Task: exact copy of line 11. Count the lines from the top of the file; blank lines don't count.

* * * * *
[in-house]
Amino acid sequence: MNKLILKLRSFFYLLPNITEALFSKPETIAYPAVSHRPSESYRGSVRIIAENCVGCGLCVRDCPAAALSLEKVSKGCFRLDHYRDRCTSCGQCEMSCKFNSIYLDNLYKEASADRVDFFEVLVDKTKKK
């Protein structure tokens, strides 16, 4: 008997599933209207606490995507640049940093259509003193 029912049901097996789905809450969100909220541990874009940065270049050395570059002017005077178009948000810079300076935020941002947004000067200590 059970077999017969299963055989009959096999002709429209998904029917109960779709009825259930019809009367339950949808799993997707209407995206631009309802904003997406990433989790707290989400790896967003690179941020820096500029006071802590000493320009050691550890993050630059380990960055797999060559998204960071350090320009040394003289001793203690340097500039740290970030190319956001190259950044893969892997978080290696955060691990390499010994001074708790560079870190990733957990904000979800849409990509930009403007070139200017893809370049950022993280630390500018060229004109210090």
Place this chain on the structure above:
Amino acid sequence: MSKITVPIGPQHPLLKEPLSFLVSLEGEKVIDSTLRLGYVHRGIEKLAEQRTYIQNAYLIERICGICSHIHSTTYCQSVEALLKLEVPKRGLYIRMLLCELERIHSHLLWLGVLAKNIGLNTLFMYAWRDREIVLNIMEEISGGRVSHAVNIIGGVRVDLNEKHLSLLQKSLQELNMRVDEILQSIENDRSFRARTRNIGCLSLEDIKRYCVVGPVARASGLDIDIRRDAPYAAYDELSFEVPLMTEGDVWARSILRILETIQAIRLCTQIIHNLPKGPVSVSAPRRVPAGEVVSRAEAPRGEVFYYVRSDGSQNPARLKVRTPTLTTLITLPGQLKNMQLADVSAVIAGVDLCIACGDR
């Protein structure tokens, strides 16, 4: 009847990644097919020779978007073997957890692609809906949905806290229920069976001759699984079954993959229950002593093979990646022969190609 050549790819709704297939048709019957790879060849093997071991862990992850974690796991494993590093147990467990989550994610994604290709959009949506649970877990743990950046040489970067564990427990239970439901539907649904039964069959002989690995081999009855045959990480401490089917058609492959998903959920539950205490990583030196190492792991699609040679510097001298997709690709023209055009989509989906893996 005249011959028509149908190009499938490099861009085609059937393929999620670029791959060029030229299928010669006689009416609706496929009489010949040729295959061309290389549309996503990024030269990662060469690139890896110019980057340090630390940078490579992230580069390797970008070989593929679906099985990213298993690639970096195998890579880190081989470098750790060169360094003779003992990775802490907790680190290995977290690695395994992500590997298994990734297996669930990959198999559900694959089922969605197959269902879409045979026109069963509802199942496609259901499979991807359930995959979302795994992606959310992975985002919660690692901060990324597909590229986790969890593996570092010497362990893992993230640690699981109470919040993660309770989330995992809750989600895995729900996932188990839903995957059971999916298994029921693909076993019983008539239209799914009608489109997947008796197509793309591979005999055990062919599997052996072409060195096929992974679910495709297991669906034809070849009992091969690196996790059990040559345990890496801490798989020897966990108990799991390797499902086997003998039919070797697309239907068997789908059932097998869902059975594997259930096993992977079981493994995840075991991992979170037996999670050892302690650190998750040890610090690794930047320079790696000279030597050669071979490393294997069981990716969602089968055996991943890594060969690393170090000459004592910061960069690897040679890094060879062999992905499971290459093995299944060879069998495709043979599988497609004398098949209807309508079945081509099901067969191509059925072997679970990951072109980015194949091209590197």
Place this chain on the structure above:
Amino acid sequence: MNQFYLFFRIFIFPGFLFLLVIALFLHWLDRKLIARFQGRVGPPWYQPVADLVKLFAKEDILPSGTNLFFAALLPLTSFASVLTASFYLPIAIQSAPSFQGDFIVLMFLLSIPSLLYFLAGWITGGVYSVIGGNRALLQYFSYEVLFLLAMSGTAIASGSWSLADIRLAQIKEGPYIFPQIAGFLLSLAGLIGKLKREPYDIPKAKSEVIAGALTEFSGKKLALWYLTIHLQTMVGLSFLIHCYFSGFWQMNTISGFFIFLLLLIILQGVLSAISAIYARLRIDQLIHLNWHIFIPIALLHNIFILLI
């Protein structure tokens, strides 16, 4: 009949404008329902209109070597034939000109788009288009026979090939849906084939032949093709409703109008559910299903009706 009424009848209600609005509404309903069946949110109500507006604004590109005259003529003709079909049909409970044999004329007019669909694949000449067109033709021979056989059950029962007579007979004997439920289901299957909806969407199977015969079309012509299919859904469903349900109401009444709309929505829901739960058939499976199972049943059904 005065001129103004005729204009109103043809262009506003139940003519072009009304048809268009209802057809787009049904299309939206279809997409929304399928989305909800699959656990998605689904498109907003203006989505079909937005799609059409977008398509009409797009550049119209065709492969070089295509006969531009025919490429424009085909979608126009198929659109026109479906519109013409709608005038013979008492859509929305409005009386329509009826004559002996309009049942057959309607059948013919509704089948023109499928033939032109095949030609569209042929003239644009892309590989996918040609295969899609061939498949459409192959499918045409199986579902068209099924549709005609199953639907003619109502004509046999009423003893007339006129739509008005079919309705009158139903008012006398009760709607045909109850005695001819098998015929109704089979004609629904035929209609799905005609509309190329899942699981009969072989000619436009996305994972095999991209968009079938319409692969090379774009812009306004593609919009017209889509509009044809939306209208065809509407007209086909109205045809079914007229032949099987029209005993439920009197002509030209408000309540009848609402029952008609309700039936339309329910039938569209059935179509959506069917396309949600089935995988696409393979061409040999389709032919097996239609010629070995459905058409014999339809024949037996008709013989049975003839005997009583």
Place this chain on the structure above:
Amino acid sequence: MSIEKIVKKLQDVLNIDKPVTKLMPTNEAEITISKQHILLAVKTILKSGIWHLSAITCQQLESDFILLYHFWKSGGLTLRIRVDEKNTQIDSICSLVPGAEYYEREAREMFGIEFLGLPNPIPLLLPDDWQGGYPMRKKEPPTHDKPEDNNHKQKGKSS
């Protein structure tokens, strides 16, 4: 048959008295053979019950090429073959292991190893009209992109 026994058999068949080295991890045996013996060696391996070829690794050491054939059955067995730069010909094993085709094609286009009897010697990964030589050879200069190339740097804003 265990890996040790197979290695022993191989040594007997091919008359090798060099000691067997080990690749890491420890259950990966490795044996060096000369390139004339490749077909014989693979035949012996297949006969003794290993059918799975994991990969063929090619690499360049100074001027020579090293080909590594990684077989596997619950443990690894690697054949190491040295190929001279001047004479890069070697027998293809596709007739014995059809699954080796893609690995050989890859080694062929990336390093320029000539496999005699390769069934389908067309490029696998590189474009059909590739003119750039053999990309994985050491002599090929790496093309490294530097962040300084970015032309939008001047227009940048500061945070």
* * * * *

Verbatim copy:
Amino acid sequence: MSIEKIVKKLQDVLNIDKPVTKLMPTNEAEITISKQHILLAVKTILKSGIWHLSAITCQQLESDFILLYHFWKSGGLTLRIRVDEKNTQIDSICSLVPGAEYYEREAREMFGIEFLGLPNPIPLLLPDDWQGGYPMRKKEPPTHDKPEDNNHKQKGKSS